Privity of contract is a simple concept. One must possess privity in order to sue another party for contract-related damages… usually. The basic concept of privity essentially means that if you are not a party to the contract, then you cannot receive rights and remedies afforded under that contract. The idea makes sense if you really think about it. Contracts are suppose to bind and protect parties that agree to those terms. Why would other entities or individuals be allowed to involve themselves with contractual disputes and legal suits arising from a contract they did not draft nor agree to? Almost always, privity must exist in order for a contractual claim to be raised against another party, but the construction industry creates unique legal situations that call for exceptions. A federal court in Indiana explained an exception to this privity concept.
On September 22, 2009, the City of Whiting, Indiana contracted with American Structurepoint, Inc. to design and construct Whiting Lakefront Park. This project was meant to protect the shoreline from erosion and revitalize the waterfront area along Lake Michigan. On June 7, 2010, Structurepoint subcontracted with Whitney, Bailery, Cox & Magnani, LLC to assist in its agreement with the City. WBCM would serve as the marine engineer on the project, providing design and construction phase services.
In early 2012, WBCM designed construction plans for a revetment at the Whiting Lakefront Park to provide shoreline protection. This revetment was done in pursuant of the subcontract. Unfortunately due to incorrect measurements of the mud-line elevation above sea level, the revetment failed and had to be redone or modified multiple times. The revetments caused many delays and even damage to the project. The estimated costs to the City in delays and repairs was around $1.3 million. Structurepoint assigned any claims it had against WBCM to the City. The City, in turn, sued WBCM for breach of the subcontract, negligence, and negligent misrepresentation. WBCM filed a motion to dismiss for failure to state a claim.
In City of Whiting, Indiana v. Whitney, Bailey, Cox, & Magnini, LLC, 2015 U.S. Dist. LEXIS 150229 (N.D. Ind. Nov. 5, 2015), the United States District Court of the Northern District of Indiana granted in part and denied in part WBCM’s motion to dismiss. The Court observed that Indiana law permitted the assignment of claims and recognized the causes of action the City asserted through the assignment. WBCM argued that the City erred in the wording of documents stating it sought to recover “its own damages.” The Court reasoned that simple imperfections do not take away from the legality of the causes of actions set forward.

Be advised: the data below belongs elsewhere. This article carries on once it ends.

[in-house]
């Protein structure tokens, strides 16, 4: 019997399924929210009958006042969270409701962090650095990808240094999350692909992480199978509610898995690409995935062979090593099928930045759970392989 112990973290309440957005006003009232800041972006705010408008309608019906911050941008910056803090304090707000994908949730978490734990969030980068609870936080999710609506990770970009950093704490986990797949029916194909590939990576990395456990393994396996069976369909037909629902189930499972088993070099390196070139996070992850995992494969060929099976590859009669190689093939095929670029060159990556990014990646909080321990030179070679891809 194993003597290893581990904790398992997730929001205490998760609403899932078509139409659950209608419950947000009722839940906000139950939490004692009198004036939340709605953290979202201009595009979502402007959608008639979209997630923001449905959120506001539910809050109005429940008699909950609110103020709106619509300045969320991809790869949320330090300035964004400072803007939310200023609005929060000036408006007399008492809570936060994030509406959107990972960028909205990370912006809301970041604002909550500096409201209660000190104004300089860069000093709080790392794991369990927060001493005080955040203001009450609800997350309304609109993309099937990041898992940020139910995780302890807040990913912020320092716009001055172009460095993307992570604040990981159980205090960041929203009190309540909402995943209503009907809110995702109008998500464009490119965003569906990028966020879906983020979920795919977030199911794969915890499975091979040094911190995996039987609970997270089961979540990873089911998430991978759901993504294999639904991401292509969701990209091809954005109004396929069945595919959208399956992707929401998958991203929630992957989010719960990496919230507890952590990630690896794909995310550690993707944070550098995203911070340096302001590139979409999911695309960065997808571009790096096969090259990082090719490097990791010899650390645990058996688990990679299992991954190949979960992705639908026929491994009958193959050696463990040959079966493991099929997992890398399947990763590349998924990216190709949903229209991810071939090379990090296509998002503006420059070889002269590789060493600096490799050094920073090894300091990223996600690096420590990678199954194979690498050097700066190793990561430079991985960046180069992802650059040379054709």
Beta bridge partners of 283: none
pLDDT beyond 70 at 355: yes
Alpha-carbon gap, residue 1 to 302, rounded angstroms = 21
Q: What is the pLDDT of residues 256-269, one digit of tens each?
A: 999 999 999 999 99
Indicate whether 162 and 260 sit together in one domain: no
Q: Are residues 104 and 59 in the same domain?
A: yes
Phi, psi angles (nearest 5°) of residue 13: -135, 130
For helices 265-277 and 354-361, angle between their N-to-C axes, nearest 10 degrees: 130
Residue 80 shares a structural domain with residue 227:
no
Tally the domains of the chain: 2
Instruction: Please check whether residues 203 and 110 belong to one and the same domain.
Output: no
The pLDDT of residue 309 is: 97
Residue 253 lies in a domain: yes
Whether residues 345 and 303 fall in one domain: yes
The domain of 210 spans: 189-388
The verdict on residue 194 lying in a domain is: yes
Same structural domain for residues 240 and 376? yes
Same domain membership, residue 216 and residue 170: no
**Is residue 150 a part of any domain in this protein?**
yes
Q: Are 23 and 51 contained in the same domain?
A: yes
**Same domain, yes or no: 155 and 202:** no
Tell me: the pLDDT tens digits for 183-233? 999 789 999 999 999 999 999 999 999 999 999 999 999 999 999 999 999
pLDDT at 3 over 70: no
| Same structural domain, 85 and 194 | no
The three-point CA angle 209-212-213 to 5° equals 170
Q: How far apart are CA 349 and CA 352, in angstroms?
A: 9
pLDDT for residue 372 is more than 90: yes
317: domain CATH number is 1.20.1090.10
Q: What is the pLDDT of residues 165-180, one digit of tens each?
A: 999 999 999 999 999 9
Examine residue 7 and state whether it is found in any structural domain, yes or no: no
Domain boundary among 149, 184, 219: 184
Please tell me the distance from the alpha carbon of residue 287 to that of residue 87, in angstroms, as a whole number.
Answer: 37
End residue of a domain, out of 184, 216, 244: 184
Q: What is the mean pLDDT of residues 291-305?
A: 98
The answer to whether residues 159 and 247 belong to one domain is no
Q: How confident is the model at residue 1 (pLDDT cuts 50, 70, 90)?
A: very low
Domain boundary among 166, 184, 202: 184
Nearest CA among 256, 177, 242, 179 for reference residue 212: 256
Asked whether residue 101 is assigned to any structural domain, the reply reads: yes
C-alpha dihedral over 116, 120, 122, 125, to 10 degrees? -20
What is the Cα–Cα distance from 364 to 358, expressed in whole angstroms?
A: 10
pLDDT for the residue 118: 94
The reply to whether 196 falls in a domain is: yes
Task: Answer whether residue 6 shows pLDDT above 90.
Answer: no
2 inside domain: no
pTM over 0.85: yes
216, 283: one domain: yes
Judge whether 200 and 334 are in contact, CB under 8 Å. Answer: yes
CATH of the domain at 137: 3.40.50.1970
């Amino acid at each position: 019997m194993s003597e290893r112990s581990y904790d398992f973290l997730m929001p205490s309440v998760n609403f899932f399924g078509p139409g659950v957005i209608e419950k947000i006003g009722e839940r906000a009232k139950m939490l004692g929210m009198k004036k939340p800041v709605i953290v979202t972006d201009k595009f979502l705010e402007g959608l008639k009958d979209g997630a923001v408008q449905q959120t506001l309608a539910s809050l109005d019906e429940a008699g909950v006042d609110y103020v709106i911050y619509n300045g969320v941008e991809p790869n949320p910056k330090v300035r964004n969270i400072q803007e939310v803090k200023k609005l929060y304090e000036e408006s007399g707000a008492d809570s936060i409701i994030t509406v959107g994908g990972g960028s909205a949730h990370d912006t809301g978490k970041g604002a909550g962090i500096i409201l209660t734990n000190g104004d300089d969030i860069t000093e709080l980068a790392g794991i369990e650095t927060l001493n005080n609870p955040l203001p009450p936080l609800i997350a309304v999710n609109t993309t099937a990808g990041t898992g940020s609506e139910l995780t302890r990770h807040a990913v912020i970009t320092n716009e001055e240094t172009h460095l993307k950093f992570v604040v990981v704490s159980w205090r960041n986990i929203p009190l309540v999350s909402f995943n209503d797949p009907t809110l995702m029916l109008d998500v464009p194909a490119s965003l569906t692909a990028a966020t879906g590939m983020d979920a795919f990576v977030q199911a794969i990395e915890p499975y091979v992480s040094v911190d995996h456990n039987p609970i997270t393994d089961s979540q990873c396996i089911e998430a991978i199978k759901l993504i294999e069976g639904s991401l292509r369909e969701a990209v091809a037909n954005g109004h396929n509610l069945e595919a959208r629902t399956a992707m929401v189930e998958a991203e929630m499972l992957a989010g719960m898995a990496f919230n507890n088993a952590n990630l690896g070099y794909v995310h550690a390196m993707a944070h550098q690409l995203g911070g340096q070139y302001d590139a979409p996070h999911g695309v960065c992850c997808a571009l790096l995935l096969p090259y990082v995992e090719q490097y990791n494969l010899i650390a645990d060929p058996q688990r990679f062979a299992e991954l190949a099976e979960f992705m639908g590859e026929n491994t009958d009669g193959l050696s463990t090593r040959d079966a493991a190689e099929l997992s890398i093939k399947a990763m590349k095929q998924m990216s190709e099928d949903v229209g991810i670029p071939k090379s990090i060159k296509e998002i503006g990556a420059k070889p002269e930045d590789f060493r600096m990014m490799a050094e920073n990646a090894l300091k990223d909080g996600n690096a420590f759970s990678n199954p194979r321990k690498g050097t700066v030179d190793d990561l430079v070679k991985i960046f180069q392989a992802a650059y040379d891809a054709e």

The Court also explained that the City was correct in asserting that they are a third party beneficiary to WBCM’s subcontract. The claim for breach of the subcontract survived the motion to dismiss because the City was able to show clear intent that the subcontract was meant to directly benefit the City, despite not being an actual party to the subcontract. The subcontract specifically named the City on multiple occasions as the recipient of services. The Court stated
The City’s Amended Complaint highlights certain portions of the Subcontract to show that Structurepoint and WBCM intended the City to be a third-party beneficiary. The Subcontract identifies the City and states that “[WBCM] shall assist [Structurepoint] under its Professional Services Agreement with [the City]” for the Project. WBCM also agreed to act with a professional standard of care when working on the Project. Further, the Subcontract incorporates the Contract’s terms and conditions, which includes Structurepoint’s duties to the City.
The court also reasoned that the negligence claim survived the motion to dismiss. The negligent misrepresentation claim was dismissed, however. The bottom line is that the City of Whiting, Indiana was allowed to sue WBCM despite lack of privity.
Why Does This Matter?
This court decision is a good example of how even though you are not contracted with a party on a construction project, you still may be liable to them. Privity of contract usually has to exist, but exception can be found to this doctrine. The construction industry especially has more exception than most because of the unique contractual chain construction projects create. As a sub, or any construction party for that matter, certain clauses can protect you from some suits like the one discussed above. This particular court hints to one such clause in its decision: a “no third-party beneficiaries” clause. This clause does away with the exception to privity that the court granted above. Another way to protect yourself from suits of this kind would be to build a relationship with other parties on your construction project. Expanding your visibility on a project helps you to be proactive and not reactive, and being proactive can prevent and help avoid many disputes on a construction project.